Delineation of the subdomains within the lateral ventricle is shown in Fig 1B. First, we assessed the percentage of NSCs (type B cells; GFAP+), TAPs (type C cells; Mash1+), and NBs (type A cells; Dcx+) in the adult SVZ (defined as 3-month-old mice) in each subdomain (Fig 1C). We observed high (>90%) costaining of GFAP with Sox2 and Nestin in all 4 subdomains. Thus, to aid clarity, we have designated all GFAP+ cells as NSCs, although they may encompass a small number of astrocytes. Hereafter the term neural progenitors will be used to represent TAPs and NBs. Cell numbers are expressed as the percentage of 4′,6-diamidino-2-phenylindole (DAPI)+ cells within each subdomain. GFAP+ cells are located in all 4 subdomains, with higher levels in the medial and dorsal regions (Fig 1C). Consistent with the more quiescent nature of the medial and dorsal domains, there were very low (or undetectable) numbers of neural progenitors (Mash1+ TAPs and Dcx+ NBs) in these 2 subdomains; indeed, the progenitors were predominantly restricted to the ventral and dorsolateral domains (Fig 1C and 1D). To examine proliferation within these subdomains, we assessed the distribution of the proliferation marker, Ki67. Consistent with the proliferative nature of the progenitors (TAPs and NBs), Ki67+ cells were also predominantly localized to the ventral and dorsolateral domains, with 20%–30% of the cells in these 2 subdomains being Ki67+ (Fig 1C and 1D). At 6 h following exposure to 2 Gy, apoptotic cells (assessed by terminal deoxynucleotidyl transferase-mediated dUTP nick end-labelling [TUNEL] staining) were observed in the lateral ventricle (Fig 1E) with little or no apoptosis in the surrounding differentiated tissue (S1B Fig). Strikingly, the distribution of apoptotic cells within the subdomains revealed that apoptosis occurred almost uniquely in the ventral/dorsolateral regions where the proliferating progenitors were located (Fig 1F).

Collectively, these findings based on spatial analysis of the subdomains demonstrate that the GFAP+ cells, which are abundant in the medial/dorsal regions, are resistant to apoptosis. Additionally, the findings provide strong evidence that it is the neural progenitors that undergo apoptosis. These findings are consistent with studies on the haematopoietic system and provide initial evidence that it is specifically the neural progenitor cells (TAPs and/or NBs) that succumb to apoptosis [7].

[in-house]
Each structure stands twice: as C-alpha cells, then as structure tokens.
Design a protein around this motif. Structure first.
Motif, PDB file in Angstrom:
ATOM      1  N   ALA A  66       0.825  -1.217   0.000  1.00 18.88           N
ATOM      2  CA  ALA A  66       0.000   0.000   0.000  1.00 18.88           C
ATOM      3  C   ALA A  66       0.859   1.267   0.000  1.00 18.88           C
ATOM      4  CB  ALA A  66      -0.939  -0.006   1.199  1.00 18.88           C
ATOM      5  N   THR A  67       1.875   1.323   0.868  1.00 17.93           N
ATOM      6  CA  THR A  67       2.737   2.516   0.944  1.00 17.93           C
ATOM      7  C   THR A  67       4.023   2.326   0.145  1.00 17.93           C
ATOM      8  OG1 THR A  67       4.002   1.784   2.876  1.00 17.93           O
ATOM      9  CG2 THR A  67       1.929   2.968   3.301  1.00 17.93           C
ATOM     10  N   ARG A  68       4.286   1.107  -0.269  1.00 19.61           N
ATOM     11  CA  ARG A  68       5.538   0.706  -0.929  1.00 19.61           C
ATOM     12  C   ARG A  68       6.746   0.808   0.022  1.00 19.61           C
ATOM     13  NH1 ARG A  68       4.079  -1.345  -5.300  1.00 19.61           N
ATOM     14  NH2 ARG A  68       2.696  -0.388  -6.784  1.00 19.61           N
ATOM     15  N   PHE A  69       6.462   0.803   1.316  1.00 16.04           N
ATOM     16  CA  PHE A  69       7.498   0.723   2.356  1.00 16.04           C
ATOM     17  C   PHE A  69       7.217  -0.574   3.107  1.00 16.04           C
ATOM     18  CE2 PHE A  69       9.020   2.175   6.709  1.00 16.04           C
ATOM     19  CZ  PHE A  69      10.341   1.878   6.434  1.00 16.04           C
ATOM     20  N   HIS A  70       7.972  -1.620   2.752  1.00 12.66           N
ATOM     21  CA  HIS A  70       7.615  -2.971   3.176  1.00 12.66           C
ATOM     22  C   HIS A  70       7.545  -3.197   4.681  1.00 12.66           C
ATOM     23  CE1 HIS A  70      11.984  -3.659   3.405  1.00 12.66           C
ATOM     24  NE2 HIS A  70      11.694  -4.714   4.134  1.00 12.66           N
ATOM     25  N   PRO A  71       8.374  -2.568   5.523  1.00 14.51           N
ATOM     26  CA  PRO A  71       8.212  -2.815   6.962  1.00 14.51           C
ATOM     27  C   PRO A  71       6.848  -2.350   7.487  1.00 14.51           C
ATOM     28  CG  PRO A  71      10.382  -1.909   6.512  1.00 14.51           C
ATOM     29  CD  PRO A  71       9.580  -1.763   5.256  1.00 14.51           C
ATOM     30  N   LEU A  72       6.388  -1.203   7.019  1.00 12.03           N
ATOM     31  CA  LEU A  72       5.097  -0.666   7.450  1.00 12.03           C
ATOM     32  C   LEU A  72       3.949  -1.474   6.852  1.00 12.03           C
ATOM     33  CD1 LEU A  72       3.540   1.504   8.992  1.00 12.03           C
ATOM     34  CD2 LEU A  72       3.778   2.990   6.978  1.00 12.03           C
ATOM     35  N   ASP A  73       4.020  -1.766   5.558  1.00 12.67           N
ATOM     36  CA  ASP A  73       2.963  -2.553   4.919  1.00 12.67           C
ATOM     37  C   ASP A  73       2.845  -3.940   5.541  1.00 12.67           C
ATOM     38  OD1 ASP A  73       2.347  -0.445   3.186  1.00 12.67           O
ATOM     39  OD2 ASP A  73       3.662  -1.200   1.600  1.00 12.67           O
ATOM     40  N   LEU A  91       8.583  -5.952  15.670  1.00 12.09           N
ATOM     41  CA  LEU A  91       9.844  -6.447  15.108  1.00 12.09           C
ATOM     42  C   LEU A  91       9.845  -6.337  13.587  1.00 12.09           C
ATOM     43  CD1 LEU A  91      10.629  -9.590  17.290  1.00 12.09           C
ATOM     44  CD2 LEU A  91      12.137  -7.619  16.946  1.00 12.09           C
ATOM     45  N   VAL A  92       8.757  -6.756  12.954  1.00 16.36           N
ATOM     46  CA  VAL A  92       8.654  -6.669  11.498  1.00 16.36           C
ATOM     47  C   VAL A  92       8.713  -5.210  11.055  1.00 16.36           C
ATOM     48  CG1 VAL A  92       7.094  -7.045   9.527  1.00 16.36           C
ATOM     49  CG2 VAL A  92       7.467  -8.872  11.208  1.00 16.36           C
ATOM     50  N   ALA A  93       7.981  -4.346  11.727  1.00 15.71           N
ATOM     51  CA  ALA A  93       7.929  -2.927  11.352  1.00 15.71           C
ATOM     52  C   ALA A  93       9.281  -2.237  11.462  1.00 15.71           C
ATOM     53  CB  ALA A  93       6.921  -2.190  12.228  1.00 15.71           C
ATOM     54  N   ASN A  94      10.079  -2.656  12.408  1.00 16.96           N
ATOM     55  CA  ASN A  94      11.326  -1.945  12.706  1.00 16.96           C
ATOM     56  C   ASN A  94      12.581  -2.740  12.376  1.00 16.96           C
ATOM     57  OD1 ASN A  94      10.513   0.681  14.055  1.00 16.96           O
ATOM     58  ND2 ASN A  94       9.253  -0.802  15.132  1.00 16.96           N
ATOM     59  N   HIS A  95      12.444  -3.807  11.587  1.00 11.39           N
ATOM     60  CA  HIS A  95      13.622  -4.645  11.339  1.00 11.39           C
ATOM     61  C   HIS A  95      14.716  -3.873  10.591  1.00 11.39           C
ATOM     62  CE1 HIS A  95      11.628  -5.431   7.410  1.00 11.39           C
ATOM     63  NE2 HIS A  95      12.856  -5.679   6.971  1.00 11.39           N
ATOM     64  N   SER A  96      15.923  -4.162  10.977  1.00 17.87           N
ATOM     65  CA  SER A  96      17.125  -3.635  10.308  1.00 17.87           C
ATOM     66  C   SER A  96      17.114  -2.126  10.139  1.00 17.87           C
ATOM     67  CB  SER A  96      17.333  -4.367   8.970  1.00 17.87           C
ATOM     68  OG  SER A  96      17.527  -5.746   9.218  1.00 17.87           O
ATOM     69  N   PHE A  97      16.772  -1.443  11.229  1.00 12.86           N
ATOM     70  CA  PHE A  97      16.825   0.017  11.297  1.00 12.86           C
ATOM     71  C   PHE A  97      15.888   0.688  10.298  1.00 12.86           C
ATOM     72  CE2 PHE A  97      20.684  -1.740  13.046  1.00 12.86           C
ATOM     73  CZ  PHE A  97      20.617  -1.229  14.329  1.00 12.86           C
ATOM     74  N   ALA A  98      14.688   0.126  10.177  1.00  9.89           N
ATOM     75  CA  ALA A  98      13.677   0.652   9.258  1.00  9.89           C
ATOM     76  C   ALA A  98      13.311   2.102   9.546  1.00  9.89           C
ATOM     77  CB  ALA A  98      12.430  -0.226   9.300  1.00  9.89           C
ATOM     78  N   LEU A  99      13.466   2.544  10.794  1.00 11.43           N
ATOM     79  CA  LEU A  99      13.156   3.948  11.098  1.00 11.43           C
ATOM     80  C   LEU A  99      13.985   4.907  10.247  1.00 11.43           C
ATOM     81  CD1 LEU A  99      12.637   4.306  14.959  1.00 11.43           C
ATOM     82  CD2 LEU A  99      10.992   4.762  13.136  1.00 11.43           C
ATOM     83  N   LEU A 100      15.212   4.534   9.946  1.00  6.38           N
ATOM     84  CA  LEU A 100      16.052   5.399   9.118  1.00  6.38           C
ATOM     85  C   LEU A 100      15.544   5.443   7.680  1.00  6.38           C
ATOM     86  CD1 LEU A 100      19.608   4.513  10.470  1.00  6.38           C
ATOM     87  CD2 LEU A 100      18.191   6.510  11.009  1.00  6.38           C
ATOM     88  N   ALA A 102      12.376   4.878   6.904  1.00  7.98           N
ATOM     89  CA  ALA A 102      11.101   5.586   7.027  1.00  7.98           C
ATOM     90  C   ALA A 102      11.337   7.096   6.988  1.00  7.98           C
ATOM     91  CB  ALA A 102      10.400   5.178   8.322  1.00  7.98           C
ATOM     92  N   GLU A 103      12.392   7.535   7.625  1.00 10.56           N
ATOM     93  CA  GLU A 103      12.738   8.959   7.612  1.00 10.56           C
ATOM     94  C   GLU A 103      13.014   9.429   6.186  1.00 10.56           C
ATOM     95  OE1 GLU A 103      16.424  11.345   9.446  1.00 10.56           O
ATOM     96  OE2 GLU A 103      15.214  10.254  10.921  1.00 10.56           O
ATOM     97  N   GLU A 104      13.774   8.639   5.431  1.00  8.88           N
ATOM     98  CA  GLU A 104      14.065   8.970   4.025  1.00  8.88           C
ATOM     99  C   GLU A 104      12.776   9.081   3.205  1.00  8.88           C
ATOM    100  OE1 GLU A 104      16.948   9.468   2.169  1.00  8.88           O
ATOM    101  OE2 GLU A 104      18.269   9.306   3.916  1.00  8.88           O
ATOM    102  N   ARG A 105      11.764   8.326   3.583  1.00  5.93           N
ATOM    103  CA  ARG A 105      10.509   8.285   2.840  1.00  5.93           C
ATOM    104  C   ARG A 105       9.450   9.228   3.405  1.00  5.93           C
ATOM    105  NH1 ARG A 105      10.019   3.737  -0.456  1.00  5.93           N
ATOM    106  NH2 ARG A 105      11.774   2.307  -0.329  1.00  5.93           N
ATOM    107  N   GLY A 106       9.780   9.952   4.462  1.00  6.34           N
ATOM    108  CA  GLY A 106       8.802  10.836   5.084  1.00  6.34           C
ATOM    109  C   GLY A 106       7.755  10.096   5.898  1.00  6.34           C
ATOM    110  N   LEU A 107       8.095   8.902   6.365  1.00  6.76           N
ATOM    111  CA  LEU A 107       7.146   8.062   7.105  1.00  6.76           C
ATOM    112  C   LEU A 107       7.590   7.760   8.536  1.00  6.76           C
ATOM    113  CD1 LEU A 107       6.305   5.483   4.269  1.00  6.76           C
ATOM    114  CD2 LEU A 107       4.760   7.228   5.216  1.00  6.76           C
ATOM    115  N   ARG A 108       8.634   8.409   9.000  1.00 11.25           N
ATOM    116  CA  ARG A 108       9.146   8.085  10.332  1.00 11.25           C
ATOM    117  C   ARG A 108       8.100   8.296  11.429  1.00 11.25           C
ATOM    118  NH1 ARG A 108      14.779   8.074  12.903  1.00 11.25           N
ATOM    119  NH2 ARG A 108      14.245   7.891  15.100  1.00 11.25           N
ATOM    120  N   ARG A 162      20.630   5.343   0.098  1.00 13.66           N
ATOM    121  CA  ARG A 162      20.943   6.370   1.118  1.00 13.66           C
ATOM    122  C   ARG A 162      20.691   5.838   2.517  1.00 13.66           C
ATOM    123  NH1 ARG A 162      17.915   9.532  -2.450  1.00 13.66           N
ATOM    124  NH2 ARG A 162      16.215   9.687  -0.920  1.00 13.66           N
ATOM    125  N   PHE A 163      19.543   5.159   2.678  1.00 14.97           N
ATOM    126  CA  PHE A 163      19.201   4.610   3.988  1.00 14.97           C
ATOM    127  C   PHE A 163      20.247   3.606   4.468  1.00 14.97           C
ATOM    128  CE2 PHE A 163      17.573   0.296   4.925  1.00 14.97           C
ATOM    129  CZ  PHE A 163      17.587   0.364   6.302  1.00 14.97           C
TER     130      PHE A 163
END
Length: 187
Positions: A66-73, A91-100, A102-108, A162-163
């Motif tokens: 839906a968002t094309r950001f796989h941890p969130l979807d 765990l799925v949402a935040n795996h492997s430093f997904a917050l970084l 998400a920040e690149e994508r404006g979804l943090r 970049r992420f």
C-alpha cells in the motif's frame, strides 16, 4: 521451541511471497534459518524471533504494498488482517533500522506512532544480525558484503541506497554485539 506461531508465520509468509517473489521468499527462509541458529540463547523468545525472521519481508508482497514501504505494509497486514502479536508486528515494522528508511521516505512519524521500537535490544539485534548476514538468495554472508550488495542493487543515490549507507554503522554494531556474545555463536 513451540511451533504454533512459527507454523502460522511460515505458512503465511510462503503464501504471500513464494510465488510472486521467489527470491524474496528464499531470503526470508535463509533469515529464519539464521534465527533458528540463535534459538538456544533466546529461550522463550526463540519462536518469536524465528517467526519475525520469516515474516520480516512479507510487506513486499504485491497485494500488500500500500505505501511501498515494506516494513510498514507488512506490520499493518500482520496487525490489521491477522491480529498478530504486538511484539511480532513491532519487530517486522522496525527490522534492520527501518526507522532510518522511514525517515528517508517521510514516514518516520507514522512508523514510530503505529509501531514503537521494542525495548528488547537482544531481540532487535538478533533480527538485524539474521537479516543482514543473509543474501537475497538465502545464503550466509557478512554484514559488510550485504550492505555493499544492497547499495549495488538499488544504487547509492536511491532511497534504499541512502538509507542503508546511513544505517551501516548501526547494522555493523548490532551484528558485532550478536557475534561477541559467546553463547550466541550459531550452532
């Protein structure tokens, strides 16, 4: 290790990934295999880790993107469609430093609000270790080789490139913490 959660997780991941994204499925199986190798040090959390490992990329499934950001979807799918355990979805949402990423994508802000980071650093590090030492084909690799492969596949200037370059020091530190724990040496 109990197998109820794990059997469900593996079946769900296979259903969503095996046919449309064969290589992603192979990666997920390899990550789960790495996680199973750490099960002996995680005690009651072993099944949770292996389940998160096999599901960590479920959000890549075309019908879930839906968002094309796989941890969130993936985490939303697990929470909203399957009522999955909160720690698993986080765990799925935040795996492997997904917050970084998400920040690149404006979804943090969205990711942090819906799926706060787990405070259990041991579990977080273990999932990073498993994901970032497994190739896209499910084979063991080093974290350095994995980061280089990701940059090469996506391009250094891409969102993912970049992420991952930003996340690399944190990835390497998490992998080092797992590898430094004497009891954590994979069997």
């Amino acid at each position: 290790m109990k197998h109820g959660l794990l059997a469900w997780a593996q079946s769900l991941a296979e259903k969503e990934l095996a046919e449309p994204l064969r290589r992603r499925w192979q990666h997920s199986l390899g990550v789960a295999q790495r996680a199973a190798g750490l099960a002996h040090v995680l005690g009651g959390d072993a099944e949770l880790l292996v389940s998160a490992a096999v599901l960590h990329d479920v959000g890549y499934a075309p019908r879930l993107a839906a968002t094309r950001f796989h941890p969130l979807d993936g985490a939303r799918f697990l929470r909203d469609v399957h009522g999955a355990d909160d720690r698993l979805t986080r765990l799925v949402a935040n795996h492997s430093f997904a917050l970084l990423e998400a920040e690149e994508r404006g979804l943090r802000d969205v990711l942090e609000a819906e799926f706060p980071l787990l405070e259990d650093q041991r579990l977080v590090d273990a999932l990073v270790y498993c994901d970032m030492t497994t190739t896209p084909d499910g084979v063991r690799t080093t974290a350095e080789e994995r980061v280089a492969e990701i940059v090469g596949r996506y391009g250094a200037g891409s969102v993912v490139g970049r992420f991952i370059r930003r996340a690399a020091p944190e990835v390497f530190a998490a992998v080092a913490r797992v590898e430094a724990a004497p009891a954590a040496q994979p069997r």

Sensitivity to apoptosis reflects cell type not proliferative status

To further evaluate the nature of cells undergoing apoptosis, we assessed the percentage of each cell type expressing Ki67 in the ventral or dorsolateral regions. Consistent with the quiescent nature of NSCs, only approximately 5%–10% of GFAP+ NSCs were Ki67+ (Fig 2A). Additionally, consistent with cell lineage analysis, approximately 80%–90% of the Mash1+ TAPs and 50% of Dcx+ NBs expressed Ki67, respectively (Fig 2A). From this quantification and that in Fig 1C, the distribution of Ki67+ cells in the ventral and dorsolateral regions showed that Dcx+ NBs represent the predominant progenitor cell type in the ventral and dorsolateral domains (S1C Fig). Assessment of the percentage of each cell type undergoing apoptosis revealed that approximately 50%–60% of Mash1+ or Dcx+ cells were TUNEL+ at 6 h post IR (Fig 2B). There were very few GFAP+TUNEL+ cells, supporting the notion that qNSCs are resistant to apoptosis (Fig 2B). As expected from the cell distribution, the predominant cell type undergoing apoptosis were Dcx+ NBs, which represented 60%–70% of the apoptotic cells at 6 h post IR (S1D Fig).